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Why even buy a NAS?


Pancakes

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KydDynoMyte

Pancakes just wants to keep backups on it. Any NAS is probably overkill for just keeping backups on though.

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Yes, you lose the services offered by Synology directly, such as their own DDNS (it is linked to the serial number of the device, all XPenology install uses a nulled serial, though some people tend to

ecthomason

 I've been mulling this over myself recently because I need a backup machine. The Synology NAS was my first choice, but they are expensive, underpowered, propietary, and virtually non-upgradeable. They are however easy to setup and use, and my experience with RAIDs and server setup is newbie level. This is what scares me about building a WHS, that and the increased size/noise/heat levels. Then it's do I buy the hp prebuilt WHS or build my own. Either way it gets pretty expensive.

 

 Maybe the better solution is to just buy a usb hdd toaster and a few drives, backup to each one on a rotating schedule, and store them in different locations in storage cases like this. http://www.amazon.com/IO-Crest-3-5-Inch-Storage-SY-ACC35009/dp/B003OBZQSS/ref=pd_bxgy_pc_text_z 

 

 It may be more work, but it's cheap.

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jmwills

One plus side to a NAS, is at least Synology, is that it does have it own internal website.

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Whether a toaster is a good idea depends, I think, a lot on how many client PCs you have. If it's only one, I see no problem; a toaster should work well. If you have more, then I think a centralised solution, like WHS, makes more sense.

 

Building your own WHS is not really a big deal. You can eliminate a lot of potential issues by getting a pre-built box, such as an N54L MicroServer. It works well, and is pretty easy as long as you don't try to push the hardware too much. There are plenty of people on these forums who can help you get it going.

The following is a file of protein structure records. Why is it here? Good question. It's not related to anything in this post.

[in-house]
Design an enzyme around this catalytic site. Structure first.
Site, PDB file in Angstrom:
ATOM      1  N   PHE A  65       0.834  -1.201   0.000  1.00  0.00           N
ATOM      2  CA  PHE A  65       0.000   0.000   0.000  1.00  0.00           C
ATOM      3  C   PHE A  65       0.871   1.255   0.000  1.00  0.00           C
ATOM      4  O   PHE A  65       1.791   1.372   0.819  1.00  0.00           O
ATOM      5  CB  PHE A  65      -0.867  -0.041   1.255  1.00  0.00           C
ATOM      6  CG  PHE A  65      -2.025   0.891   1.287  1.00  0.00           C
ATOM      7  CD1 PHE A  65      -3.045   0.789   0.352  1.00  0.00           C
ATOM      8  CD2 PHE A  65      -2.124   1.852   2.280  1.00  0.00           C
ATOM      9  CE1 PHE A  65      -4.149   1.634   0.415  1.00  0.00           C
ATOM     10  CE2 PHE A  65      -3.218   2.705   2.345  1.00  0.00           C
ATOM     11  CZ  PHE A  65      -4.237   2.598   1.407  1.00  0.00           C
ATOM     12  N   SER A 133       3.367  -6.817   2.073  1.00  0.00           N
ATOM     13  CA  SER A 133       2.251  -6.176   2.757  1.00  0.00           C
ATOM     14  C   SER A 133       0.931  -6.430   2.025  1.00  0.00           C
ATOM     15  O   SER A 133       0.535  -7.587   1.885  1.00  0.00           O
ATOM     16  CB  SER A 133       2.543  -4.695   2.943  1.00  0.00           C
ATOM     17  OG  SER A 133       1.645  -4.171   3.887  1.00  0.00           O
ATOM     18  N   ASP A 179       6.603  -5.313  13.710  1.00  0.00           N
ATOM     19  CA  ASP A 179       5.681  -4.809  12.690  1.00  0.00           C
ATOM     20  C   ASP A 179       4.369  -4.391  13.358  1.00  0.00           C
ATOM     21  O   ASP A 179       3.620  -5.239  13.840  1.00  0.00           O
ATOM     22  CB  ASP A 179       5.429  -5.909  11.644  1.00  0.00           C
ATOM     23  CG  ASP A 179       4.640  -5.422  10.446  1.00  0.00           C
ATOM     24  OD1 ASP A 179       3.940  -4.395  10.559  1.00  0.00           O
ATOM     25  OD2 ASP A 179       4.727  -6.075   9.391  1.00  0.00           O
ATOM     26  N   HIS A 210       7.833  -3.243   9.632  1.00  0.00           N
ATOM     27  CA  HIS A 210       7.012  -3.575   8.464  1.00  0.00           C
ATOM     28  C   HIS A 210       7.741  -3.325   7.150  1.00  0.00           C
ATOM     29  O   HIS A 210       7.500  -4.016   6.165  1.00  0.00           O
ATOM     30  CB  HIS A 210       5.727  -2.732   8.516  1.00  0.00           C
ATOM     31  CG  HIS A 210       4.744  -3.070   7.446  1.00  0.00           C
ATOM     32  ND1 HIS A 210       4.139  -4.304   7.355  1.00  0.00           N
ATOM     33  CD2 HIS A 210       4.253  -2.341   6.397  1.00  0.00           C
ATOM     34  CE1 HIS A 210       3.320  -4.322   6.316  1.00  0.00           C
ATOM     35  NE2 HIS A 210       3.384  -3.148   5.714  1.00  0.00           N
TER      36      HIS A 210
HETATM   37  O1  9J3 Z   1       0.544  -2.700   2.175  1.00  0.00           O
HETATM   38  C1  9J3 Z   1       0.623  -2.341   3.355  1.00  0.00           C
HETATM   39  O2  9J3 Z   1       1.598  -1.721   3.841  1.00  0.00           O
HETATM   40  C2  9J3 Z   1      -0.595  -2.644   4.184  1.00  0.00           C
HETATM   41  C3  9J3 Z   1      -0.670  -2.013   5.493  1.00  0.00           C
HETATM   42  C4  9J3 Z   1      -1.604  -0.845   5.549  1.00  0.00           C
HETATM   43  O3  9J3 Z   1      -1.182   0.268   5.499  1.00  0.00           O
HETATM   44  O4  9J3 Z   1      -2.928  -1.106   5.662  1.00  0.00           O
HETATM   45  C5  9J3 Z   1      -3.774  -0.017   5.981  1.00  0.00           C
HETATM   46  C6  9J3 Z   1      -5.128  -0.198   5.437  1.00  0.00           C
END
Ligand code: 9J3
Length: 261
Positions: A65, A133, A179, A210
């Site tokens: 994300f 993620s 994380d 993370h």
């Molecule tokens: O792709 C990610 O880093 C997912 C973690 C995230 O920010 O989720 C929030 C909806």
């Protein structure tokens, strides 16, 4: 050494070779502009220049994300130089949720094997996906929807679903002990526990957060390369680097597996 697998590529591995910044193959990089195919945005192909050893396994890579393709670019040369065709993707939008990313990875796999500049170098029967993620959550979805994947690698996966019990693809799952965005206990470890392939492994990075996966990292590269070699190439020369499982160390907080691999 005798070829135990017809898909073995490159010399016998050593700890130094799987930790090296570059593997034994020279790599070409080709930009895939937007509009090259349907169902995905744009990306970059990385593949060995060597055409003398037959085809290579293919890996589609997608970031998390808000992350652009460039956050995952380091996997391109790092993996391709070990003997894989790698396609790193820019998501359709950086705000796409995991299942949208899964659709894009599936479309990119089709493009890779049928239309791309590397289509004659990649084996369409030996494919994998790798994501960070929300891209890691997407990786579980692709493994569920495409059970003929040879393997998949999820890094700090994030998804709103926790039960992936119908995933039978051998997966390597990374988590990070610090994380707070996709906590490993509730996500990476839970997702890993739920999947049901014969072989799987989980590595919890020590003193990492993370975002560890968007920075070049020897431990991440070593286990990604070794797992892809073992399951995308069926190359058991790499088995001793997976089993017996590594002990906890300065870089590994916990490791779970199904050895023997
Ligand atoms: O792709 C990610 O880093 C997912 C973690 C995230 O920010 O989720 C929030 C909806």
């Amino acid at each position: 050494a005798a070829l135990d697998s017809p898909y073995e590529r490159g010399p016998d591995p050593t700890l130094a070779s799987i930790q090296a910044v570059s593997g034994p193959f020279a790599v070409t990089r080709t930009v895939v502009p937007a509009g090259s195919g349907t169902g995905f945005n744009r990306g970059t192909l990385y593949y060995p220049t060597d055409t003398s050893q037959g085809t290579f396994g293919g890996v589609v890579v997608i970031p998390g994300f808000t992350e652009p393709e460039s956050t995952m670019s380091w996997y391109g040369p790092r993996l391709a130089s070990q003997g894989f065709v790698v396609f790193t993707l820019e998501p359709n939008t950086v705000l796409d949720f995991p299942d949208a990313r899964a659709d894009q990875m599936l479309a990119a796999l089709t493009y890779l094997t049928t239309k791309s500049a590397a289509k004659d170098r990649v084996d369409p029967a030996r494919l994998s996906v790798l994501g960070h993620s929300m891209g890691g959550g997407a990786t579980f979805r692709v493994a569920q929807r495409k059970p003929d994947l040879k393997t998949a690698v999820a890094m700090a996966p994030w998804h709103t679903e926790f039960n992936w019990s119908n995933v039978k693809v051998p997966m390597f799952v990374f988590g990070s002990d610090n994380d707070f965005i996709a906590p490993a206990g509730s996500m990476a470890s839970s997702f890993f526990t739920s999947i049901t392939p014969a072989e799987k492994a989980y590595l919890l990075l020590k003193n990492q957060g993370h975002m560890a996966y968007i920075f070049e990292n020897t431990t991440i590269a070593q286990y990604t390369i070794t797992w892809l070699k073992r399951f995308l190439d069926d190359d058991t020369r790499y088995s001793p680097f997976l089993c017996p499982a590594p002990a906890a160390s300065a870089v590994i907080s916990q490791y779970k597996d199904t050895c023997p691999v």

The most important thing to start, is to identify just what you want the box to do.

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schoondoggy

Back to the original question;
'Why do you guys even buy NAS's?'

Most people frequenting this site do not buy 2-4 drive NAS systems.

Most everyone here is running a server of some kind.

I recommend 2 and 4 drive Synology boxes to novice users that need to get some form of backup going in their homes.

I don't think this group is the target audience for 2-4 drive NAS.

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jmwills

I agree Kevin, but even buying one and testing it reaffirms that premise.  At least you will learn the platform and will be able to recommend it to someone who might benefit from it.

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I basically agree about 2-drive systems. With 4 drives, I would look at WHS. My own server has a 4-drive RAID5 and an OS drive. That's it. Of course, I have other drives for backing up the server, but the server itself is not some dtive-laden behemoth. The quality and convenience of WHS backup is my main reason for running it.

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schoondoggy

Great point John, that is one of the reasons I have a Synology based box in my home. I can keep up on their technology and feel comfortable recommending them.

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